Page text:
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Publication numberUS2904314 A
Publication typeGrant
Publication dateSep 15, 1959
Filing dateNov 17, 1958
Priority dateNov 17, 1958
Publication numberUS 2904314 A, US 2904314A, US-A-2904314, US2904314 A, US2904314A
InventorsThom Wenzel W
Original AssigneeJones Cecil D
Export CitationBiBTeX, EndNote, RefMan
External Links: USPTO, USPTO Assignment, Espacenet
Railing assembly
US 2904314 A
Abstract  available in
Previous page
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Claims  available in
Description  (OCR text may contain errors)

Sept. 15, 1959 w. w. THOM RAILING ASSEMBLY Filed NOV. 17, 1958 INVENTOR. Wenze/ W, Thom A TTORNE Unite States Patentfifice 2,904,314 Patented Sept. 15, 1959 RAILING ASSEMBLY Wenzel Wr'Thom; Wichita, Kane, assignorof one-half to Cecil D. Jones, Wichita, Kans.

.Application November 17,1958, Serial No. 774,302

18 Claims. (Cl. 256-65) This invention relates to improved railing structureand.

has for its primary: object :toprovide: a railing assembly which m-ay-be manufactured; at: a; minimum .cost' and fabricated in a short period of time, production of the components L of tthe assembly being greatly simplified through utilization ofrextruded metalparts forthe major unitsof the railing structure and assemblyof the. various: components into a completed railingbeingsimplified. by virtue ofithe uniquemanner inwhichztheparts are. connected, using a minimum-of fasteners.

-IIt.=-isa'-further important. object of the inventiontoprovide amraili'ng assembly including a'number of upright, horizontally spaced standards adapted :for. supporting. a plurality of parallel, superimposedrails. with spacer sleeves slidably' disosedoni the 'mainfstandard: :and engaging corresponding .connectors joined to the rails,zwithytheconnectors alsoislid'ably telescoped over respective standards and. maintained :in' proper vertically spaced-relationship bythe spacerfsleeves thereby precluding the necessity of providing individual fastening means: forsecuring the rail: connectors to corresponding. standards.

Also. an' important object of the invention is to. provide railingrstructureas defined above wherein is;included improvedzstopwmeans .at eachend of the standard engaging proximal rextremities TOf respective spacerzssleeves to therebyprecludereciprocation of the same relative to the standard and thereby obviatingcthe.necessity'of-secliringithe spacer= sleeves to: corresponding standards.

--Ai s'till tfurther important object of the invention. is to provide a-railing assembly which-has. a. novel bracketfor pemnittingeachof: the standards to be secured" to-the verticalzeface. oft-steps constructed of. :various materials :and withf-therstandards. adjustably securedtwithin respective brackets ina manner'sothat such standards may be shifted to any. one of an infinite numberv of 'positions whereby therailingsassembly is adapted to be utilized on steps of different-riser height without modification of-the railing assembly being necessary.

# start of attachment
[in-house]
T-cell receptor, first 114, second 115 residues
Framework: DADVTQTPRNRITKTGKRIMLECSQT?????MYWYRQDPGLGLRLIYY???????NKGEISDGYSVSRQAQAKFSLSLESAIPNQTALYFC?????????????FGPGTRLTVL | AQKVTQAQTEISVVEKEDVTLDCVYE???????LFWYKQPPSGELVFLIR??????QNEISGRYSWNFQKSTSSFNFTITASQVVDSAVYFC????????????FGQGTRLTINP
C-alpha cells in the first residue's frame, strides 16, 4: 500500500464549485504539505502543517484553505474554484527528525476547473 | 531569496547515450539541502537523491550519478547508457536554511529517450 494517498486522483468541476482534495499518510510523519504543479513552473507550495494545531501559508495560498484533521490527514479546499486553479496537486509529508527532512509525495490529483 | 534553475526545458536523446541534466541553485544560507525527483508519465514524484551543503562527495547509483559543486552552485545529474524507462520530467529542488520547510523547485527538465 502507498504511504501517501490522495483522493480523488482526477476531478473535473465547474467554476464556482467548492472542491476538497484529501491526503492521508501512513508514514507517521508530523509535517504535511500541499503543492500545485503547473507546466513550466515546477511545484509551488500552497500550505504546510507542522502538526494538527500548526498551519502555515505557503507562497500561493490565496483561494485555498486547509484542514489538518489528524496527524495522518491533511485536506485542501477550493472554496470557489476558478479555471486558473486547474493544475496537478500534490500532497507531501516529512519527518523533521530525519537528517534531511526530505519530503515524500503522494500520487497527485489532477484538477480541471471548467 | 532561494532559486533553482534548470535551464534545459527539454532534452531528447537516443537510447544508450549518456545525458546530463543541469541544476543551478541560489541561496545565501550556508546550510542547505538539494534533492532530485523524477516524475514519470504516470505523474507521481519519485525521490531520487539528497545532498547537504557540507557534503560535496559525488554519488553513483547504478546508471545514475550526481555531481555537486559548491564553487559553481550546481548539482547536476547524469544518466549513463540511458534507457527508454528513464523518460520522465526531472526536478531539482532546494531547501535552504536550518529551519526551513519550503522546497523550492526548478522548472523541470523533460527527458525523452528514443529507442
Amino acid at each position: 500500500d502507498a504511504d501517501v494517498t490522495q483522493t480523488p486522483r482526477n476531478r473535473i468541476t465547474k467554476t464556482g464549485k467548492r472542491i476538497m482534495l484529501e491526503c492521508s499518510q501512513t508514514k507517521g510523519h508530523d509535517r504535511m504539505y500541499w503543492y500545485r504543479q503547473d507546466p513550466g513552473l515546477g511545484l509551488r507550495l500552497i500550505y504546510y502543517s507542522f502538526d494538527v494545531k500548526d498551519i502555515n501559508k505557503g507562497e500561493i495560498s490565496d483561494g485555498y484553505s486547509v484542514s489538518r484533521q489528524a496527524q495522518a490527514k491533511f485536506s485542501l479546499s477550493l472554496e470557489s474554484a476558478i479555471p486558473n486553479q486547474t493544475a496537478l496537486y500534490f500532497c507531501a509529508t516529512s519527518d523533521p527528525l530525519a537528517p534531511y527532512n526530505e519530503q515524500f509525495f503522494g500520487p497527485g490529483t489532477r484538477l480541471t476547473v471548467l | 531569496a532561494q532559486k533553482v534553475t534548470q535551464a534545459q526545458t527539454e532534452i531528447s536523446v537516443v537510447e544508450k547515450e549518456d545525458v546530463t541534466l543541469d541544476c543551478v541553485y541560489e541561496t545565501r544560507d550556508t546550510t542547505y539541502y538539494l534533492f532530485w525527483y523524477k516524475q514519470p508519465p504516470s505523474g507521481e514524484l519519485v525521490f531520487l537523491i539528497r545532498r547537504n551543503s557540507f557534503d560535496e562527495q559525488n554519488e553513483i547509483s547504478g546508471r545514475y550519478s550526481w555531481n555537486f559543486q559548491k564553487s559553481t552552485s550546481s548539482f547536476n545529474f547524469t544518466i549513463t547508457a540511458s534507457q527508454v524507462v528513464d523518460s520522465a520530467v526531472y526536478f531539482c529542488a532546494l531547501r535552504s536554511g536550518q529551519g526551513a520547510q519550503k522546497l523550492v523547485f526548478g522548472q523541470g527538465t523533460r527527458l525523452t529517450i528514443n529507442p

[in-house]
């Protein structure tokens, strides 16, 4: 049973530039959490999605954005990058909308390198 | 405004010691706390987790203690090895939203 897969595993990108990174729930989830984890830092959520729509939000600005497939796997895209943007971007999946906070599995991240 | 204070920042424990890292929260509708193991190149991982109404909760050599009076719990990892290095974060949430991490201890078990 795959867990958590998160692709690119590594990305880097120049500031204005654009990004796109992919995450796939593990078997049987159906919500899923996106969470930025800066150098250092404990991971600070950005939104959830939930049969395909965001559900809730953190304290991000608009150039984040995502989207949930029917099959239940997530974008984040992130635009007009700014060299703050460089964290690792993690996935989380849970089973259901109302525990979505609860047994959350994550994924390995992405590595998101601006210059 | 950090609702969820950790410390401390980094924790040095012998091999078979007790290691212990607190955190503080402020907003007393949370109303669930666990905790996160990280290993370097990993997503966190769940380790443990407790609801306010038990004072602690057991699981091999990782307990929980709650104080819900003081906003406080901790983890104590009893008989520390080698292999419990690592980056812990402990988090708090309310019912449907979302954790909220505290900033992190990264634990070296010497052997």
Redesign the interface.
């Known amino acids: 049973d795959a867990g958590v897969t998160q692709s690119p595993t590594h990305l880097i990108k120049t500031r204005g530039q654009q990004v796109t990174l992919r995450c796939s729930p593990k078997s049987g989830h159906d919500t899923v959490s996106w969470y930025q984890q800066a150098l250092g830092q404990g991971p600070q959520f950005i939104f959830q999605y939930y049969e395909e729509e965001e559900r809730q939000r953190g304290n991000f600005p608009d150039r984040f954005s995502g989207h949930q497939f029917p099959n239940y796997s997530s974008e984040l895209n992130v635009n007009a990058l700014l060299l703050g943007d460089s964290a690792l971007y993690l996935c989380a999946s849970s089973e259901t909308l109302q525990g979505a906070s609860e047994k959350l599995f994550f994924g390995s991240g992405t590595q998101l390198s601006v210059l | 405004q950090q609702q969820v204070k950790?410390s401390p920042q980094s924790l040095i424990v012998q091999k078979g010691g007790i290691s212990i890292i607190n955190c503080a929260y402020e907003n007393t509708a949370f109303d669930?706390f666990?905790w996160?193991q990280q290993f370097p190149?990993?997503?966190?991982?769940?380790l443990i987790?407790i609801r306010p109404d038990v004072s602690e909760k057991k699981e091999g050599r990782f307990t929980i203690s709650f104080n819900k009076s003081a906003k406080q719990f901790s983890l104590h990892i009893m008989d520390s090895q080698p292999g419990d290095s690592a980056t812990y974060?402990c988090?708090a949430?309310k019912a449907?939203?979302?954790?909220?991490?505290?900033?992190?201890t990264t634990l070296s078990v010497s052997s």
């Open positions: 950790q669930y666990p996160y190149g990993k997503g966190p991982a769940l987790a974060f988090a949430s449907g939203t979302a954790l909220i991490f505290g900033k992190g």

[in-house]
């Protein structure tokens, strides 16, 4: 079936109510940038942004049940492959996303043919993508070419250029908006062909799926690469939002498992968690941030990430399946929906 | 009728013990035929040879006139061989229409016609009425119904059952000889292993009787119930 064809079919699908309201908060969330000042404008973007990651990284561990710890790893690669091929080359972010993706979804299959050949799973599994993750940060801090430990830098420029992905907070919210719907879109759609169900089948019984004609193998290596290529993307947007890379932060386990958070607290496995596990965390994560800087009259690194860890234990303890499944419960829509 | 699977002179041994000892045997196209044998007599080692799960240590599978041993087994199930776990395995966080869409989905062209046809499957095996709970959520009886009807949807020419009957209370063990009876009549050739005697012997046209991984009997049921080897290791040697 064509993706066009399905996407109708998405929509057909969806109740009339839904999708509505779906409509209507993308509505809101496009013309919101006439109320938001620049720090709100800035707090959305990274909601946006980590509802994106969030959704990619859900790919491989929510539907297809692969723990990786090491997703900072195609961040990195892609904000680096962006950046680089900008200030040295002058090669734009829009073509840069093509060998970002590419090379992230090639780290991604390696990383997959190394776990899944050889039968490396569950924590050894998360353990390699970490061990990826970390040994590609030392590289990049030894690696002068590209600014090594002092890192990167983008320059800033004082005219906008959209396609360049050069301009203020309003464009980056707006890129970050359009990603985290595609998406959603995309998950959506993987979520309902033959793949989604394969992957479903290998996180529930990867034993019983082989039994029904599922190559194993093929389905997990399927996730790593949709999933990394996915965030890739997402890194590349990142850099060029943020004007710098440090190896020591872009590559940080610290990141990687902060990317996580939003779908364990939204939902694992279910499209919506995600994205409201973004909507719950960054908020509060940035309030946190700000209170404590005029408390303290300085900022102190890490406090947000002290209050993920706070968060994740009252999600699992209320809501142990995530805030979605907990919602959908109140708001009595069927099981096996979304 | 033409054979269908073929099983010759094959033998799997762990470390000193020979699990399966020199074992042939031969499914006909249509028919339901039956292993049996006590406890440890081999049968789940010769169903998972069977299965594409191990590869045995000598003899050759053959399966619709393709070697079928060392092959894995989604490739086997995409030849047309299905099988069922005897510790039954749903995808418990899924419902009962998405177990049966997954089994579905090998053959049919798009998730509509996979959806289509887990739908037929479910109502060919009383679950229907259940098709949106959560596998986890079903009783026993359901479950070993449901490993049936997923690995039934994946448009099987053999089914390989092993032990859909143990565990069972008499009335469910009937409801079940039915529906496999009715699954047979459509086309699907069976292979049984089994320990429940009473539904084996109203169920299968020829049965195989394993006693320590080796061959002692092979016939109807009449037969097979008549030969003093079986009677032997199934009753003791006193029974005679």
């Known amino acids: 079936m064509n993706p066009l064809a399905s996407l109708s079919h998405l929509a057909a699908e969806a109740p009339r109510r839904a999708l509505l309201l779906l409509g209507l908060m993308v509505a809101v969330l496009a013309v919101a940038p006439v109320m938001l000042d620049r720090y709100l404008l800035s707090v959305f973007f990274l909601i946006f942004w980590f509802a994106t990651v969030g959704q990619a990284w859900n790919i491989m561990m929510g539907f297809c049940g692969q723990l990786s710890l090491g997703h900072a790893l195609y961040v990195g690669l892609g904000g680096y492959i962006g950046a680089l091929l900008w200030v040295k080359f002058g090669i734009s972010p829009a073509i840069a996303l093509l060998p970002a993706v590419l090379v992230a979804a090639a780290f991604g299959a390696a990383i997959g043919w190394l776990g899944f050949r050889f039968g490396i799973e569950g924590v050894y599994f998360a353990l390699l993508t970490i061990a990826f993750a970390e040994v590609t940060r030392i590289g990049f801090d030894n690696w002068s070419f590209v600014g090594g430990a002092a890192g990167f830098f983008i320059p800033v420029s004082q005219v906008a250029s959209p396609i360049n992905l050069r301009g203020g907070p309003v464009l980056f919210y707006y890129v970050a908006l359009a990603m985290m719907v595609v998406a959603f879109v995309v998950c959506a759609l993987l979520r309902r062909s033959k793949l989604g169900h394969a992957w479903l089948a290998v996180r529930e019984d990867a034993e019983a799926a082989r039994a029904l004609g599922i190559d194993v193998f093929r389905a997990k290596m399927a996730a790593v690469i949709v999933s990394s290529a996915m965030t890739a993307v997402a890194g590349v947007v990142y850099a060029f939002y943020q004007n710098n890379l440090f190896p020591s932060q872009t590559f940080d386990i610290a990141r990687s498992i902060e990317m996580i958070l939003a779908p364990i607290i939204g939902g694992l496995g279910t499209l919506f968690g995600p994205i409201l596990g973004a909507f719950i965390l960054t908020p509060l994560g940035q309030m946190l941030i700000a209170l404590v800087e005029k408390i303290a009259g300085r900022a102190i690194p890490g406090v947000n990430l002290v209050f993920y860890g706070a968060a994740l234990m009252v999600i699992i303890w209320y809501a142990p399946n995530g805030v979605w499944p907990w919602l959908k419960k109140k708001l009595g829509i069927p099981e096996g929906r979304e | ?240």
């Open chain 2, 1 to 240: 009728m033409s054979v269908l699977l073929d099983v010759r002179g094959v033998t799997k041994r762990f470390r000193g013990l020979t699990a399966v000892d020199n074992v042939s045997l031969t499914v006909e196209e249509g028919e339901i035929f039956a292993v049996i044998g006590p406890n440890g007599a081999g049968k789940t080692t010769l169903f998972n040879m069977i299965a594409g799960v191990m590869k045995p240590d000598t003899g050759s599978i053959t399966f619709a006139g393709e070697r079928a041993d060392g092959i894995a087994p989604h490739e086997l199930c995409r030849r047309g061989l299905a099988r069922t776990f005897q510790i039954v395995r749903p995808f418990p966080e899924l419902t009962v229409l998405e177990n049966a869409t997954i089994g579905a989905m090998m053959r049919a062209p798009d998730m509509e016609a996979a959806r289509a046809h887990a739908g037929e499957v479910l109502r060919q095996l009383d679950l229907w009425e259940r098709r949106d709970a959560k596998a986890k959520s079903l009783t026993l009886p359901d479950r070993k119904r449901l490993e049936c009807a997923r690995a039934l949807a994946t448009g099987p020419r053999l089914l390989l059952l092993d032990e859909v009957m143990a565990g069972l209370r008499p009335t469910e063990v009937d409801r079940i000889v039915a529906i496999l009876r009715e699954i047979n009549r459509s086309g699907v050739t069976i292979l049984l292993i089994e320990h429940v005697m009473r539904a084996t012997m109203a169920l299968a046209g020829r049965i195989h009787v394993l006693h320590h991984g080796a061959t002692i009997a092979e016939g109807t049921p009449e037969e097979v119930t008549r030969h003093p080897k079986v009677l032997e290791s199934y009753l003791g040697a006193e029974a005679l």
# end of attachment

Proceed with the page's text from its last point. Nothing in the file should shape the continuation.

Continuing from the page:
Also an important object-of the'invention: is-to provide a connector .for. securing respective rails to the standards permitting: the'uangularity of such rails relative to the standards totbe changed as desired Without modification or disassembly .of the: railing: structurebeing required.

Other important objects of the inventionrelate to the provision of a novel rail: having a longitudinallyextendingugroove of. unique. configuration therein adapted to receive clampmeans .securing-the rail' to the connector mounted: on.- a-respectivestandardwithoutadditional fasteningzmeans ofanyzkind being necessaryg to; the provision .of a splicer permitting a pair of railstobe joined in. ie'nd to-ends." relationship without the interconnecting meansbeing-visible from the normal position in which the railing assembly is viewed; to afiller strip constructed in a mannerito close those exposed areas of therail groove notireceivingzthe connector joining respectiverailsto'the standards;:xto 'the provision of improved standard and spacer sleeve construction-fabricated :in amanner to 'preelude rotation of the spacer sleeves relative to thestandard vertical supporting structure for ing necessary; tothe provision of a railing assembly having components designed to permit manufacture of the sameby extrusion methods to substantially lowerthe overallcost of the unit; and to other important objects and-de tails of construction of'the instant railing-assembly whichwill be described in detail or become clearas the following specification progresses.

In the drawing:

Figure 1' is a fragmentary, side elevationalviewof a railing assembly embodyingthe present-invention-with thethe handrails being mounted in its normal position onthesidewallof a stairway or the like;

7 Fig. 2 is a fragmentary,-enlarged,-end elevationalviewof the uppermost end of the assembly illustrated-in Fig. 1, with the upper rail being shownin vertical cross section;

Figs. 3 and 4 are cross-sectionalviews taken substantially on the lines. 33 and 4.-4 respectively of Fig. 2.;

' Fig. 5 is an enlarged, fragmentary, end-view of-the mounting bracket for securingthe-railingstandardtoa base and having the lowermost end of the standard and its associated parts disposed within the bracket in avertical position, with certain components of the assembly beingbroken away-and in-sectionto revealdetails of con struction;